James was included very late in the cannon.  I tea not in a list called the “Muratorian Fragment” around 200 AD, or one from North Africa from 360 AD, and it was not in the Old Latin version of the New Testament.  Esusebius listed it as a disputed book and Theodore of Mopsuetia around 400 AD rejected it outright.  It was not recognized in the West until the 4th century or in the east until the 5th.  Erasmas had doubts about the book and Luther called it a “strawy epistle”.  Almost all of the objections to the book centered (or perhaps still center) on its relation to the doctrine of justification by faith, and especially in the Protestant world to the notion of Sola Fides.  Catholics who might not have liked the book previously, like it since Luther because of the inference one may make that faith alone is not sufficient for salvation.

One last thought before we dive in.  In addition to all of that this book appears to be written as wisdom literature, like Proverbs or Ecclesiastes.  Its style is similar to wisdom teaching techniques of the time both from Jewish and Graeco/Roman sources.  It jumps around from one topic to another, has a great many imperatives and uses the technique called diatribe (an imaginary person who objects asking questions for rhetorical purposes).  The rabbis of the time called the technique of jumping around “pearls on a string” and used it to keep people’s attention.

Jumping in with verse 2 (we’ve already covered verse 1) OCK tells us that we should count trials as joy.  Does this sound as nuts to you as it does to me?  I have long believed, and still to this day would contend that no pain means, well, no pain.  But Ole Camel Knees begs to differ with me.  He says, instead, that trials test our faith and that testing produces steadfastness and that steadfastness, when it is fully effective, makes you perfect and complete.  What could he mean by that?  How is it that suffering could produce perfection?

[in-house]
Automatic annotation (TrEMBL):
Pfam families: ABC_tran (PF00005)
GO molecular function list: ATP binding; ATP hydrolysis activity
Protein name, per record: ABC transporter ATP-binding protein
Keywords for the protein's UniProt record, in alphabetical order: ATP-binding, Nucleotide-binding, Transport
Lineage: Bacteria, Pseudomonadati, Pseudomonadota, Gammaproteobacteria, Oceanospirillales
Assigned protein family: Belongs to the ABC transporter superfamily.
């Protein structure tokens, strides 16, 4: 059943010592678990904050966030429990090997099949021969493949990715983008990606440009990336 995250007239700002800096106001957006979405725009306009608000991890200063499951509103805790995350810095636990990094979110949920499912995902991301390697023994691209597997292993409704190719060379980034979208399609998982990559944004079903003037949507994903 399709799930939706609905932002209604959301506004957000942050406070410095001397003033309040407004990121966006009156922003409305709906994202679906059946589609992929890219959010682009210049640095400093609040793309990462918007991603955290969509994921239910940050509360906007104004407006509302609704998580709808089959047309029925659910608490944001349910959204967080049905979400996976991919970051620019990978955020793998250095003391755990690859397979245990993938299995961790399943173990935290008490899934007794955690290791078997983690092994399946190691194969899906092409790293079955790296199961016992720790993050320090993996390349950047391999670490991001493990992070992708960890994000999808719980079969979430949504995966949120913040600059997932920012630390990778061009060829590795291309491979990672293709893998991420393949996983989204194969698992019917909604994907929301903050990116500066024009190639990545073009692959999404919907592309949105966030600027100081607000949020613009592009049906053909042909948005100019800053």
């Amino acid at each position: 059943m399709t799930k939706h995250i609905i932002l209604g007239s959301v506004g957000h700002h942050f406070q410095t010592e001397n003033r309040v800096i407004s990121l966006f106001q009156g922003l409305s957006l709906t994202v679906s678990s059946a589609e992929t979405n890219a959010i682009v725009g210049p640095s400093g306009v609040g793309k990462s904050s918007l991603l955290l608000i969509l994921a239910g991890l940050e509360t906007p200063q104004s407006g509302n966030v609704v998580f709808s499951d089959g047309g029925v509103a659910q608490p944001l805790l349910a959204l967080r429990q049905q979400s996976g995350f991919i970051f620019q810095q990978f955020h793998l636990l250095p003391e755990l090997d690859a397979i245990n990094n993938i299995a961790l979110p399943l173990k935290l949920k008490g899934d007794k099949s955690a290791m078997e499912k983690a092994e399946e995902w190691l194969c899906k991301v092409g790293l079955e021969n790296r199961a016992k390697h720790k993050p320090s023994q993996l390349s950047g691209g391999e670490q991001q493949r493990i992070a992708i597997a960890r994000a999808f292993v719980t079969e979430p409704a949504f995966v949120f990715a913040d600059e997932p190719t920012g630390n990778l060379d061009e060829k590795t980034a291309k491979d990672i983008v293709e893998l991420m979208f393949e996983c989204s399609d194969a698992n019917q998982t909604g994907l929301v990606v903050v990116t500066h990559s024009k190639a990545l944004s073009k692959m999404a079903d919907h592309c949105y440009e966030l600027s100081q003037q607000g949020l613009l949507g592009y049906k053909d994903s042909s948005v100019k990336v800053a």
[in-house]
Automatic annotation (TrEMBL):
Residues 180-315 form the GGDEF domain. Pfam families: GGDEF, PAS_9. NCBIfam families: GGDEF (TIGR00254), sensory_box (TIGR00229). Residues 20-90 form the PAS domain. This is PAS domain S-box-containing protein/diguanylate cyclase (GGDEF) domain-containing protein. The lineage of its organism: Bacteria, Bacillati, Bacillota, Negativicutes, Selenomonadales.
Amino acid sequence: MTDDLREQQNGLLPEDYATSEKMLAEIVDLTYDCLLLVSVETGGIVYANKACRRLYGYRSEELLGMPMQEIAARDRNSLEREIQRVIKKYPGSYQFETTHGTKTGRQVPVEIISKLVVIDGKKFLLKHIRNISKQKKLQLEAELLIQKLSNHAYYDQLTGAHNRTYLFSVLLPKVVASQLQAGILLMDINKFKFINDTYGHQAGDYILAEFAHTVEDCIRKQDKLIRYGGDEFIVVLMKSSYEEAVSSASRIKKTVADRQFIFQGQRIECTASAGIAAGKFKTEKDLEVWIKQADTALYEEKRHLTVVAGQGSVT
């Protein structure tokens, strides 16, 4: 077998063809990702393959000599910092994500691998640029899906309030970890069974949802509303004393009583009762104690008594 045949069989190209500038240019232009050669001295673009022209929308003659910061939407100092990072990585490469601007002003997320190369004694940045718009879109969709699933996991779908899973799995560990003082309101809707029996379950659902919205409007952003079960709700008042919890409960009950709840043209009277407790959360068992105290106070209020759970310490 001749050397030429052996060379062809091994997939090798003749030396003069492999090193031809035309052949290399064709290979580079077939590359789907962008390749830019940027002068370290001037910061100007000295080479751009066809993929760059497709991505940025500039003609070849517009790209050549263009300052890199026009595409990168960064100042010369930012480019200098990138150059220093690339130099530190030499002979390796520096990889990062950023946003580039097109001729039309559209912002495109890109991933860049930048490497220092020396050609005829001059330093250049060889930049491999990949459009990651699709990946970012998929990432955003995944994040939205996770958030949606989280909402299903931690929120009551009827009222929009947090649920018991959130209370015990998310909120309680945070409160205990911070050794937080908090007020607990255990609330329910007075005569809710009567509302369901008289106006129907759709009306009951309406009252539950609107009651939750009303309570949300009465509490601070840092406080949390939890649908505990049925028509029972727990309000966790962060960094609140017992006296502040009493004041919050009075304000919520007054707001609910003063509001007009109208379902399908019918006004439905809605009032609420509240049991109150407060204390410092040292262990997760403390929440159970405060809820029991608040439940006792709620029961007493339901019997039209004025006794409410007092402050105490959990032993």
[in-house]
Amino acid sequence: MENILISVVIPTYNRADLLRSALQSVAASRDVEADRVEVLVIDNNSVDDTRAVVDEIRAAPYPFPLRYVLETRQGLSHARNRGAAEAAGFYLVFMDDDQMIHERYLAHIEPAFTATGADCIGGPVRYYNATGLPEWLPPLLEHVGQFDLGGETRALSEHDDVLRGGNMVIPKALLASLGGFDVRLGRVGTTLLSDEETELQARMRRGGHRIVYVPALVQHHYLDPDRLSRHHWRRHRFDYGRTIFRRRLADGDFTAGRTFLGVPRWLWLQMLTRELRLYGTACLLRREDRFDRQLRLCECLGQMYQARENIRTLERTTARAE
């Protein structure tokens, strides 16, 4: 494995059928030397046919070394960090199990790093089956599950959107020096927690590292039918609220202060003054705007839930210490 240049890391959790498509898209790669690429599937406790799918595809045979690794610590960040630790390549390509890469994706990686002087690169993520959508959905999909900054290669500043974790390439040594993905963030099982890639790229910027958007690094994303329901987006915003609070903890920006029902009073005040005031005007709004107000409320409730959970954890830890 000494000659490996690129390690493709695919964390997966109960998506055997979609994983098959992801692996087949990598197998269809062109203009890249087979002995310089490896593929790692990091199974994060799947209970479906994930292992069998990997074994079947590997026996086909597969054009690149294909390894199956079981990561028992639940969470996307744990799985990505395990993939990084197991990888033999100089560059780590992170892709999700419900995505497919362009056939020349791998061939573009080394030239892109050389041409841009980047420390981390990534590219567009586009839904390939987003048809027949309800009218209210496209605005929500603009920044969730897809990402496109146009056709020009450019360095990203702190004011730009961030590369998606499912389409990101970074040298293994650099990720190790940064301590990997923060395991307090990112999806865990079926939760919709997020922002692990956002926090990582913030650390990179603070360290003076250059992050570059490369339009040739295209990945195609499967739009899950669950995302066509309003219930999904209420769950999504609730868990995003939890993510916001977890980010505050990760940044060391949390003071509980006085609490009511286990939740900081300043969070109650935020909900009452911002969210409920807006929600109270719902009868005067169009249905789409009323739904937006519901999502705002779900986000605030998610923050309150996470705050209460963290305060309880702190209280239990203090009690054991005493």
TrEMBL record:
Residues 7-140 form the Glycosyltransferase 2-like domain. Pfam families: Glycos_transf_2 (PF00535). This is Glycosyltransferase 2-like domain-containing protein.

Then he jumps to another pearl in the strand and says that if we lack wisdom we should ask God for it, but that we have to ask in faith in order to receive wisdom because double mindedness will result in our receiving nothing.  How the heck can anyone even do that?  Does having faith, asking in faith, mean we have to have no doubt whatever that God will give us wisdom?  I get the notion that God could give us wisdom.  I agree that He can do whatever he wants.  But that’s the point, He does whatever He wants and if He does not want to give us wisdom He won’t.  I can ask with complete faith that His will be done, because I know His will is always done.  But how can I ask with complete faith for any specific thing?

Pearl number 3 for the day.  The lowly are to boast of exaltation and the rich in humiliation.  Just as the sun withers a flower and destroys its beauty, so the rich will fade away right in the middle of their pursuits.  Ok, I get it.  The rich are absorbed by “rich people stuff” not “God Stuff” or maybe life is good enough for them that they don’t need God.  And the poor, well their hope is in God and they will be raised up.  Is OCK talking to us 20th Century Americans?  What do you think such a comment would have meant to the people to whom James was originally addressed.

Well, that’s enough for this week.  Ole Camel Knees is already messing with my mind.  I’m starting to think it was his intent to mess with the minds of people who generally thought they had things figured out.  Hmmm.